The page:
GuildGuilds were associations of people engaged in the same trade or business. In Italy they were known as Arti, and it was necessary to belong to one to obtain work in any town. The guilds had their own chapels and in their devotional activities they often resembled confraternities. Many guilds of painters were guilds of Saint Luke, the patron also of painters' confraternities. Guilds remained active in some parts of Europe in the 17th and 18th centuries, but their importance diminished in direct relationship to the rise in importance of other professional associations, such as the Pictura in the Hague in the 17th century and, above all, the Academies.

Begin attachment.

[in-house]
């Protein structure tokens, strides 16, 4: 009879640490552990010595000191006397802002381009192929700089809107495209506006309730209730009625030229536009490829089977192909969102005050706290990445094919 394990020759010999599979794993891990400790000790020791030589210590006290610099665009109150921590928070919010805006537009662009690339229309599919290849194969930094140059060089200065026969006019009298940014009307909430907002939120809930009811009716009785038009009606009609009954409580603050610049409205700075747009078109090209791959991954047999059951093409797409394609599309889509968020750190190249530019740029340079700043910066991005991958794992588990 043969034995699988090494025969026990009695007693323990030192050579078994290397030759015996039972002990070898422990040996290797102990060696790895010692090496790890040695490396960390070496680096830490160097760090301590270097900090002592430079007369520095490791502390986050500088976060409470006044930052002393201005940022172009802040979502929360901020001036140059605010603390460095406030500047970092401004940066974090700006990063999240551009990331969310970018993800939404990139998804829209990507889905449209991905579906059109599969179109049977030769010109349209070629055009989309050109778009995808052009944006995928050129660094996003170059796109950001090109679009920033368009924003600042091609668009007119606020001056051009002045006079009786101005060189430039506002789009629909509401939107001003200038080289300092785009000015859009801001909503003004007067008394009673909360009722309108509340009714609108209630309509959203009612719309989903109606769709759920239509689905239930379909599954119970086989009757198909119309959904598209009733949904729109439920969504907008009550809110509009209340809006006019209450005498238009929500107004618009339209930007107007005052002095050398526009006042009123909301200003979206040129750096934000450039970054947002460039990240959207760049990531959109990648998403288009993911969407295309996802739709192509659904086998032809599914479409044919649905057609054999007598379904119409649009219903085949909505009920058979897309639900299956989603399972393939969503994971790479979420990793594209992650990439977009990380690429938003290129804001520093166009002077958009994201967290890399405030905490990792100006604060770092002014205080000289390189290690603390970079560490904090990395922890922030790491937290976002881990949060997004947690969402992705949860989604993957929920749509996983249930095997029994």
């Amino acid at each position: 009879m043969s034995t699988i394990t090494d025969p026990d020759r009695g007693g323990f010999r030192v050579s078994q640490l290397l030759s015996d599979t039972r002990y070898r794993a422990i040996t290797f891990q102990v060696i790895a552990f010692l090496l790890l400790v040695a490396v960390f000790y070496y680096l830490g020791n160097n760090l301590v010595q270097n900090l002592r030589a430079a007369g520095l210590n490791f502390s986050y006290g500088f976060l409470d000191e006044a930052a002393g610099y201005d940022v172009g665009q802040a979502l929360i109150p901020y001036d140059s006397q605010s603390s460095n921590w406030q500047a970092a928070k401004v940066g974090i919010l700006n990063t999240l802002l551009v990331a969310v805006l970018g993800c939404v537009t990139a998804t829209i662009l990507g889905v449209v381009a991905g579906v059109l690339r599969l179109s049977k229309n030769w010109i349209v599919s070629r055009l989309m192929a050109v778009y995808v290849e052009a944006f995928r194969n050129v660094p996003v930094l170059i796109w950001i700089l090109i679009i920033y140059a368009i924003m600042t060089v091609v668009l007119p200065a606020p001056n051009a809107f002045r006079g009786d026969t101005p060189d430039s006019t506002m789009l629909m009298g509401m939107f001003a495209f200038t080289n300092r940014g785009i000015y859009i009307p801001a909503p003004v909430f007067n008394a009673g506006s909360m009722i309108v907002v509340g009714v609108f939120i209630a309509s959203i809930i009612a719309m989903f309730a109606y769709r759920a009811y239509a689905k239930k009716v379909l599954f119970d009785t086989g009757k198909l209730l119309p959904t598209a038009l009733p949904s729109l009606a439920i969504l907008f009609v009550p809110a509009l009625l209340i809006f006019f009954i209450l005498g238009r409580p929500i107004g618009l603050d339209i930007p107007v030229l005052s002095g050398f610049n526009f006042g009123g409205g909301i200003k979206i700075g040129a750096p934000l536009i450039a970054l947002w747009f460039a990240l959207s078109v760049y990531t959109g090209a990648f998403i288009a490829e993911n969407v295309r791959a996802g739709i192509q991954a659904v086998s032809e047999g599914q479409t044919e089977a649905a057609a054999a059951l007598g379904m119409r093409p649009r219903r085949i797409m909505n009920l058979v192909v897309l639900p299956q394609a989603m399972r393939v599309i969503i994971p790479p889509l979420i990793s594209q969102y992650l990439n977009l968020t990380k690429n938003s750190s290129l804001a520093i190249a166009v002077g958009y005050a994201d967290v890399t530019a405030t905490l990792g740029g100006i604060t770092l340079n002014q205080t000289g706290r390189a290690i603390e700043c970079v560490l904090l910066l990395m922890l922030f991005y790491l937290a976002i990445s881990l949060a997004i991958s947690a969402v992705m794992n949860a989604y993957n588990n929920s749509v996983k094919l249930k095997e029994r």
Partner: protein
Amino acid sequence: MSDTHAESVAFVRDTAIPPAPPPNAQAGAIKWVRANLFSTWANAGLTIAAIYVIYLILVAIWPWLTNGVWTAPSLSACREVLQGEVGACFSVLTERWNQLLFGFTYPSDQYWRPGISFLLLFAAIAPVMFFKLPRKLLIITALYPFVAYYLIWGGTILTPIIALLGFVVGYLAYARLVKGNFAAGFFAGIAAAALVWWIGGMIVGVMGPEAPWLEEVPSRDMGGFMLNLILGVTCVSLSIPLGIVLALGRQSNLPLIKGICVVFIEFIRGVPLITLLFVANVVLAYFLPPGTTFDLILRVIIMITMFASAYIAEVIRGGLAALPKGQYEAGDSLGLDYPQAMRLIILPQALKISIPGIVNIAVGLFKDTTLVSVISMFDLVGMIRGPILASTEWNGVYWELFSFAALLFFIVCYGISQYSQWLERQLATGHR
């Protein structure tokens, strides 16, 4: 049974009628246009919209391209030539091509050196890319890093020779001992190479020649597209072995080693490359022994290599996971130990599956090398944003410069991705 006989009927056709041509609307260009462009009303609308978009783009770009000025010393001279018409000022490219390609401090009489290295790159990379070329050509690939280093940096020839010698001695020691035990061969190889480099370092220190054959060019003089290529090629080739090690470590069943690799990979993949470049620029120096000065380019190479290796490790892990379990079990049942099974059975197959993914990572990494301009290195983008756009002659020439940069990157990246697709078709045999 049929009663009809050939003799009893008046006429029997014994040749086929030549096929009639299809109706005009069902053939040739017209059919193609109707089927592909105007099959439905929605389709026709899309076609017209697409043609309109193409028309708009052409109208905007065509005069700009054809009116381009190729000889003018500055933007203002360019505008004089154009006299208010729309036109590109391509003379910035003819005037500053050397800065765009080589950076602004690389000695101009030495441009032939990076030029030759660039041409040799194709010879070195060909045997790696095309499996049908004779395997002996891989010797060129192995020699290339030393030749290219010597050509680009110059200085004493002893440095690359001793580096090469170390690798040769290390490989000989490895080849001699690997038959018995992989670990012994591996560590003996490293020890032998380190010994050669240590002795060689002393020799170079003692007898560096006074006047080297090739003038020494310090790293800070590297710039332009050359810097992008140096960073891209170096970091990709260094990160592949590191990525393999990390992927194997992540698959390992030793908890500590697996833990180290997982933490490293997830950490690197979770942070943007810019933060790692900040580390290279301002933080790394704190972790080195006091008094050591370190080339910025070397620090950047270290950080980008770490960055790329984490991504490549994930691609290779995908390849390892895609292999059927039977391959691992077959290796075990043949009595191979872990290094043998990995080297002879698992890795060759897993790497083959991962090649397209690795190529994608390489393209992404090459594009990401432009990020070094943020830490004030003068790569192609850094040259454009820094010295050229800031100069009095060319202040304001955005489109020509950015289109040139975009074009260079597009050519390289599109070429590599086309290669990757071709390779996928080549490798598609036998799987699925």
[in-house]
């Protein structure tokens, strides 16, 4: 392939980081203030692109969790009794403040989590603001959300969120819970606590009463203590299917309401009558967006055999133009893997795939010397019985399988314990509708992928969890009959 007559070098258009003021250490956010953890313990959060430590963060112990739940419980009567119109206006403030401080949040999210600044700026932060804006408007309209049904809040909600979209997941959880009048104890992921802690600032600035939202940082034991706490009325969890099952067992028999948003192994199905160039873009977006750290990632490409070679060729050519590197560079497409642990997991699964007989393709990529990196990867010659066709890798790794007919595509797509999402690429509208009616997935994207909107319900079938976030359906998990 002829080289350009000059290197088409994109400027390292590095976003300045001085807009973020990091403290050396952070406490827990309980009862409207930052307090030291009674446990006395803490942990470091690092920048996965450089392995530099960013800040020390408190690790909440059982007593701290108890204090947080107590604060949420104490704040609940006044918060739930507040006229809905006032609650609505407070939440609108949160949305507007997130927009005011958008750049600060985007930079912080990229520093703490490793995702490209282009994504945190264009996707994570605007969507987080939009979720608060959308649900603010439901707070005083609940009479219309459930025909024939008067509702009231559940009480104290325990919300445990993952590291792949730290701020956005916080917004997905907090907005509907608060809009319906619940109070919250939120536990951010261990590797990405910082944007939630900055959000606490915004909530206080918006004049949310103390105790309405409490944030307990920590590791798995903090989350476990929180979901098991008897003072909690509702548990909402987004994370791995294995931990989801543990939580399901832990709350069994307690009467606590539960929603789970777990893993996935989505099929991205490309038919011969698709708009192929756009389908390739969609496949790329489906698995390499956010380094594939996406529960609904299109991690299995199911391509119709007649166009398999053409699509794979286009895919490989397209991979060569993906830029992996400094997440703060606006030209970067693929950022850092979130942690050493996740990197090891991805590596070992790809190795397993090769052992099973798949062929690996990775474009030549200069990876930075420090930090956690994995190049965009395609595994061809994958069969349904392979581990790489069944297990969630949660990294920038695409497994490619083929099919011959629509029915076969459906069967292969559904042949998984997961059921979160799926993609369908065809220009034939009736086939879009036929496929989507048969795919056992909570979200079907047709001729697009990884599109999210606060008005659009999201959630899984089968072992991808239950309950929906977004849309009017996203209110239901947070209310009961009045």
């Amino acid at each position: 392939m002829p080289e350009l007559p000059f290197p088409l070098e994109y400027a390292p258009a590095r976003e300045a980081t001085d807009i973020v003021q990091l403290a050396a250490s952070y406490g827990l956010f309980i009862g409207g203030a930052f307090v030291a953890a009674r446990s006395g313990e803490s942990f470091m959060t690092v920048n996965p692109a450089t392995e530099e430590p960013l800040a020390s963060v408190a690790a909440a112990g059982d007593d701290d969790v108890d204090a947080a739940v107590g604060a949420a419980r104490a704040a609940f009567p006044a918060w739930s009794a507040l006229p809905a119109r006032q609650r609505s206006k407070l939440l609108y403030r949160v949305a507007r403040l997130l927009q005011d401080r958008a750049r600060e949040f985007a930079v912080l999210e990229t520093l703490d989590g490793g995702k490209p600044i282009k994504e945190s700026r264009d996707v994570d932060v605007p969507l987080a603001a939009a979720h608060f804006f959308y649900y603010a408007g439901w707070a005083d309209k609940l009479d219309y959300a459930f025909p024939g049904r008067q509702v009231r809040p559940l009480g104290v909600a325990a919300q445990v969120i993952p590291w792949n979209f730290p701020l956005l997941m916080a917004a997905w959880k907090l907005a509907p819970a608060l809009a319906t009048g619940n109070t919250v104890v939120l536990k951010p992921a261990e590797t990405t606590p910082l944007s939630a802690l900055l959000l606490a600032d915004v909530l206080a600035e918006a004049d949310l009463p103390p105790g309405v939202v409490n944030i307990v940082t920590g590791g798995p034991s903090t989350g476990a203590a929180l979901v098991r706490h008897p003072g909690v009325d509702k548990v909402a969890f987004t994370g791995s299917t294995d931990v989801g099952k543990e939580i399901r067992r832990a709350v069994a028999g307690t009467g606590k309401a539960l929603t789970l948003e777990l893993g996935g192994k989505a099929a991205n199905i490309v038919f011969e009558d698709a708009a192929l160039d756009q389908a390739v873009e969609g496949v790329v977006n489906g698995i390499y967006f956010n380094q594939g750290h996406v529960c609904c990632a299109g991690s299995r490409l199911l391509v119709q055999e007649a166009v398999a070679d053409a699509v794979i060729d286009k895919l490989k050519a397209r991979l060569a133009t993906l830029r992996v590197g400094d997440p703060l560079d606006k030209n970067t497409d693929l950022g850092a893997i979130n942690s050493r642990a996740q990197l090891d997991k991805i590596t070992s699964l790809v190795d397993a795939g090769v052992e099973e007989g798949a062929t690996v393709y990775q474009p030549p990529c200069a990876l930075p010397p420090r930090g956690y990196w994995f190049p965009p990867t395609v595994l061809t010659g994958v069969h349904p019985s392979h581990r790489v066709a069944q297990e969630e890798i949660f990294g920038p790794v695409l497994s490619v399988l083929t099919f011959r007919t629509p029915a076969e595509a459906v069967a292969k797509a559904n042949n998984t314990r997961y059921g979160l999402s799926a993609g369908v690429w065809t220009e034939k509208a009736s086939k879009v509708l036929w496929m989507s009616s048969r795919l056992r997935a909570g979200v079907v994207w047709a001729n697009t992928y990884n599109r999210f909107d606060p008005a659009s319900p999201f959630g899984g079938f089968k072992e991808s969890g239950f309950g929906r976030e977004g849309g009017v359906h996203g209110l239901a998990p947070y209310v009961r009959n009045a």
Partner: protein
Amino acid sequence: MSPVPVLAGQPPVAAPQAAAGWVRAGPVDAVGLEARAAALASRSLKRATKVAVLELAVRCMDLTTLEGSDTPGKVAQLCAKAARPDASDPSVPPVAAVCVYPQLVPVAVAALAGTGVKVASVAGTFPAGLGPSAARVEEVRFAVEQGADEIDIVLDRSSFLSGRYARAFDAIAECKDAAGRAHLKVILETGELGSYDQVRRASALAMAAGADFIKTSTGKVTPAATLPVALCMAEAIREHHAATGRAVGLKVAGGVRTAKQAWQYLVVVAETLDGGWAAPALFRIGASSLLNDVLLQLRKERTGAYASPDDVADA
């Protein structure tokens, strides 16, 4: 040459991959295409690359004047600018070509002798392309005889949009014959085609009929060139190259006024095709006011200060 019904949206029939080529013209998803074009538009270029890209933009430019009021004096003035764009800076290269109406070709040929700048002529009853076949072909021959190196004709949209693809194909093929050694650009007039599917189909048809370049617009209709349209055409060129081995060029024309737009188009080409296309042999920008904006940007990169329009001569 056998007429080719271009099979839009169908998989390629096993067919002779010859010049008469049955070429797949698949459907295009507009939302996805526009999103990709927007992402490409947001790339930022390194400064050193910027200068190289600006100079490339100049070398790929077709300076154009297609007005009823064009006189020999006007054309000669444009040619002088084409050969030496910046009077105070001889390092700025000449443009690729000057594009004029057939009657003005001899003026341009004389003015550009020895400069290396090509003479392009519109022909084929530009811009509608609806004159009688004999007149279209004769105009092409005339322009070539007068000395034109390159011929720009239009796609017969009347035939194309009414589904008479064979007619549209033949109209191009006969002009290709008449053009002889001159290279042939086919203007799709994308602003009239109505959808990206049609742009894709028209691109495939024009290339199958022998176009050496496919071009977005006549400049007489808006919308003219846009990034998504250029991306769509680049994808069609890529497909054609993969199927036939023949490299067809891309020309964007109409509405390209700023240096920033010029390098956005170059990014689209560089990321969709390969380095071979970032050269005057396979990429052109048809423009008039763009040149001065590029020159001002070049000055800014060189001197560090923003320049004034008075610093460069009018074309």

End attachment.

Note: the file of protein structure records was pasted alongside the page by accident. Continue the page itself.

The guilds were important patrons of the arts, and commissioned altarpieces, statues (especially of their patron saints) and, in Florence, architecture.
Painters did not always belong to an independent guild. The Florentine painters for instance were a part of the Arte dei Medici e Speziali, the doctors' and spice merchants' guild. Elsewhere they were associated with sculptors. In the Netherlands, painters on cloth sometimes belonged to different guilds from painters on wood.
The National Gallery, Trafalgar Square, London WC2N 5DN